A decorated soldier in the Kaiser's army, Wilhelm Roepke returned home from the trenches of World War I in 1918, determined to work to ensure that Western civilization never again experienced a crisis of the type that led to the horrors of mass warfare. His life was henceforth to be spent fighting against all forms of collectivism--be it of the National Socialist, Communist, or welfarist variety--and...

Metropolitan Kirill on Economic Globalization and the Social Consensus

Metropolitan Kirill

Excerpt from the prologue to The Ethics of the Common Good in Catholic Social Doctrine (Libreria Editrice Vaticana, 2008) by His Holiness Cardinal Tarcisio Bertone. His Eminence Reverend Kirill is metropolitan of Smolensk and Kaliningrad and president of the Department of Foreign Religious Affairs of the Moscow Patriarchate. Translated from Italian by Paola Fantini, an intern in the Rome office of the Acton Institute.

Metropolitan Kirill:

The official documents of the Russian Orthodox Church, together with many other works of Christian scholars, bear the idea that the harmonious development of society can be possible only on the basis of essential values...

Why does Acton advertise in newspapers and magazines?

For the last three years, Acton has been reaching out to readers of religious and secular publications with engaging, issue-driven advertising. These professionally produced advertisements have touched on a wide variety of timely topics including poverty, malaria, trade, environmental stewardship, and the rise of the Religious Left. The ads use arresting images and thoughtprovoking headlines and copy to pose important questions in fresh ways. This approach is very effective for reaching well-intentioned people of faith concerned about important issues, but who may not have yet formed clear social or economic positions.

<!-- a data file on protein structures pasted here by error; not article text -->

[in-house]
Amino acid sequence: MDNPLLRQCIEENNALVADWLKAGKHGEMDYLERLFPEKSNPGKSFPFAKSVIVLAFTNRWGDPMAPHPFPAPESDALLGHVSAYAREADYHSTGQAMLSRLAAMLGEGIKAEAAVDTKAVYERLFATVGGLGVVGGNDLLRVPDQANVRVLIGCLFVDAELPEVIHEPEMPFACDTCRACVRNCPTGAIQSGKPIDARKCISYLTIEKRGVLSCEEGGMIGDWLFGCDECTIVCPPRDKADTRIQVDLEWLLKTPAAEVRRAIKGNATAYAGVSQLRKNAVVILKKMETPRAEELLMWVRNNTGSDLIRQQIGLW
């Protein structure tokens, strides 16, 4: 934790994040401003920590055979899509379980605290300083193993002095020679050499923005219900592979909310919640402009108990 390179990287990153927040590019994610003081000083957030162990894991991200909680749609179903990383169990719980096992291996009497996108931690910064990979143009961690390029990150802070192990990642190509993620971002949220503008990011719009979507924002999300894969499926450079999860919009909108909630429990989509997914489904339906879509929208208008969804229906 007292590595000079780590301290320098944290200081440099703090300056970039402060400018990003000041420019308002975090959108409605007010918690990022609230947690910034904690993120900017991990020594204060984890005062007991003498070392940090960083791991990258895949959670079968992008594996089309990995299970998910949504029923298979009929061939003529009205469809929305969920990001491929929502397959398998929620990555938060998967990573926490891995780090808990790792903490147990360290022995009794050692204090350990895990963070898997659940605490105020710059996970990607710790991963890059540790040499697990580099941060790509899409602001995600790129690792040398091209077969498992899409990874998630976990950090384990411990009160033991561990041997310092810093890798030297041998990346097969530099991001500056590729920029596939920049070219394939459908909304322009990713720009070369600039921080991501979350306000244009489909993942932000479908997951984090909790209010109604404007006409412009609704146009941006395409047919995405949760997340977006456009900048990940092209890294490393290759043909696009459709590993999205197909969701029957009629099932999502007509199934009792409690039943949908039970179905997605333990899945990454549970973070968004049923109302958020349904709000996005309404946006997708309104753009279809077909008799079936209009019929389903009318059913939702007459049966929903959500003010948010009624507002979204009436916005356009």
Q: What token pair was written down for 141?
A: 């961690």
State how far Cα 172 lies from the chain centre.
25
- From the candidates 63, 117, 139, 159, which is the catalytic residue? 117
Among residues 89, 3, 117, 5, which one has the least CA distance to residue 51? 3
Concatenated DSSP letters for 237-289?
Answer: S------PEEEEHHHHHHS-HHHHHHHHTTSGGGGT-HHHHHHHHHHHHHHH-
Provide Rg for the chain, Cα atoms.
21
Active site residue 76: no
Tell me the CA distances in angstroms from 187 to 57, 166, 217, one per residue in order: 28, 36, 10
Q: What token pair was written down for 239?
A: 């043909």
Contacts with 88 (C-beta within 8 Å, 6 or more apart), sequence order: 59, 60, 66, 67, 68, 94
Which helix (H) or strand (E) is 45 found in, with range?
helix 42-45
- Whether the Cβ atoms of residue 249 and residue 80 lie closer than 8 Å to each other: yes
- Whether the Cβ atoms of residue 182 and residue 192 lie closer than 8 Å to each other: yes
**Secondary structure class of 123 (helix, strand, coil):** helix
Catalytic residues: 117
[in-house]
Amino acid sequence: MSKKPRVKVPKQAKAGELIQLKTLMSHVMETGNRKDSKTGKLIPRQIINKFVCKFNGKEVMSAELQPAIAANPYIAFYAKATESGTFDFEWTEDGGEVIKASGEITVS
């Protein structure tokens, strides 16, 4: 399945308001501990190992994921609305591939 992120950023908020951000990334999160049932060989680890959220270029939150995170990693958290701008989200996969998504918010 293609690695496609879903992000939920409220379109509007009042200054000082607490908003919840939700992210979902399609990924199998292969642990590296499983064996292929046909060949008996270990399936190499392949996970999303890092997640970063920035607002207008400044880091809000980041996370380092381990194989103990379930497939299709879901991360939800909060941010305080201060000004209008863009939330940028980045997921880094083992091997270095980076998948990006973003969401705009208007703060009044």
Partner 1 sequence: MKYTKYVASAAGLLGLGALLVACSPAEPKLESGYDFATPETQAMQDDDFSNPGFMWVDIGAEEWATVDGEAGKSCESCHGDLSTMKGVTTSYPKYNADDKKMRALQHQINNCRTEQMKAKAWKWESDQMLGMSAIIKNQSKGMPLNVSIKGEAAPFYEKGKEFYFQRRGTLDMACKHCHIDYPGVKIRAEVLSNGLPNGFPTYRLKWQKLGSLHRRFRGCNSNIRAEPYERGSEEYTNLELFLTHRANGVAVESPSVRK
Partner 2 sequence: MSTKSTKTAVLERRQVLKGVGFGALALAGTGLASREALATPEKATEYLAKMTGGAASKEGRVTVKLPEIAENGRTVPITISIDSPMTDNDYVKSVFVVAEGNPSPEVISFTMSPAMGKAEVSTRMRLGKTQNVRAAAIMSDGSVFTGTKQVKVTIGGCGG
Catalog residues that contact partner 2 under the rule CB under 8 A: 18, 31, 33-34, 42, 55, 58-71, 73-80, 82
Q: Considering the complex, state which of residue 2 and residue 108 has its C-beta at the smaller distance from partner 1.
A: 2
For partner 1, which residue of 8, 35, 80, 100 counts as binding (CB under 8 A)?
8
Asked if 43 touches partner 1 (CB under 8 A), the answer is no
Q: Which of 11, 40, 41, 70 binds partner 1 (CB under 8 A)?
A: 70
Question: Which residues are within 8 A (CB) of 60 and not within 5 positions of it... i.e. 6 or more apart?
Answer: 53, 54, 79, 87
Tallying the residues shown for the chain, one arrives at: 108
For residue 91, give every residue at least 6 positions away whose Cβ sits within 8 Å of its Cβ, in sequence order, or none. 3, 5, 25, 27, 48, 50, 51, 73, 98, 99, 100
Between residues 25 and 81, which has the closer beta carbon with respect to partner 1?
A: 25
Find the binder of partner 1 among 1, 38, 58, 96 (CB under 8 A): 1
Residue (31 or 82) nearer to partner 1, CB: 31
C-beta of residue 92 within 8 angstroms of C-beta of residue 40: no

One memorable issue ad carried a large image of a mosquito over the headline: Let Us Spray. The ad attacked the erroneous notion, advanced for decades by environmentalists, that the pesticide DDT was an unmitigated evil. This thinking has kept DDT out of the...

The Theology of John Wesley

wesley

Kenneth J. Collins offers an insightful study that blends the historical and contemporary in The Theology of John Wesley: Holy Love and the Shape of Grace, published in 2007 by Abingdon Press. The book is Contemporary in that Collins makes a strong case for the relevancy of Wesley's theology and legacy for today. The author is quick to point out that John Wesley was not a systematic theologian, thus some theologians and scholars find him easy to dismiss, while others view him through their preferred theological traditions.

Collins argues that Wesley crafted a theology that was extremely practical and organized around the Ordo Salutis. The order of salvation is a theological term outlining God working in the process of salvation that liberates man from sin. It makes...

Can Libertarians and Social Conservatives find Common Ground?

Ronald Reagan
Ronald Reagan

As the standard bearer for American conservatism for two decades, Ronald Reagan effortlessly embodied fusionism by uniting Mont Pelerin style libertarians, populist Christians, Burkean conservatives, and national security voters into a devastatingly successful electoral bloc. Today, it is nearly impossible to imagine a candidate winning both New York and Texas, but Reagan and that group of fellow travelers did.

In the meantime, the coalition has begun to show strain as the forces pushing outward exceed those holding it together. The Soviet Union, once so great a threat that Whittaker Chambers felt certain he was switching to the losing side when he began to inform on fellow Communist agents working within the...

Turkey: Islam's Bridge to Religious and Economic Liberty?

You say there's a growing sector in Turkish society that is engaged with the market economy and that's a healthy trend. Do you see that trend continuing in Turkey?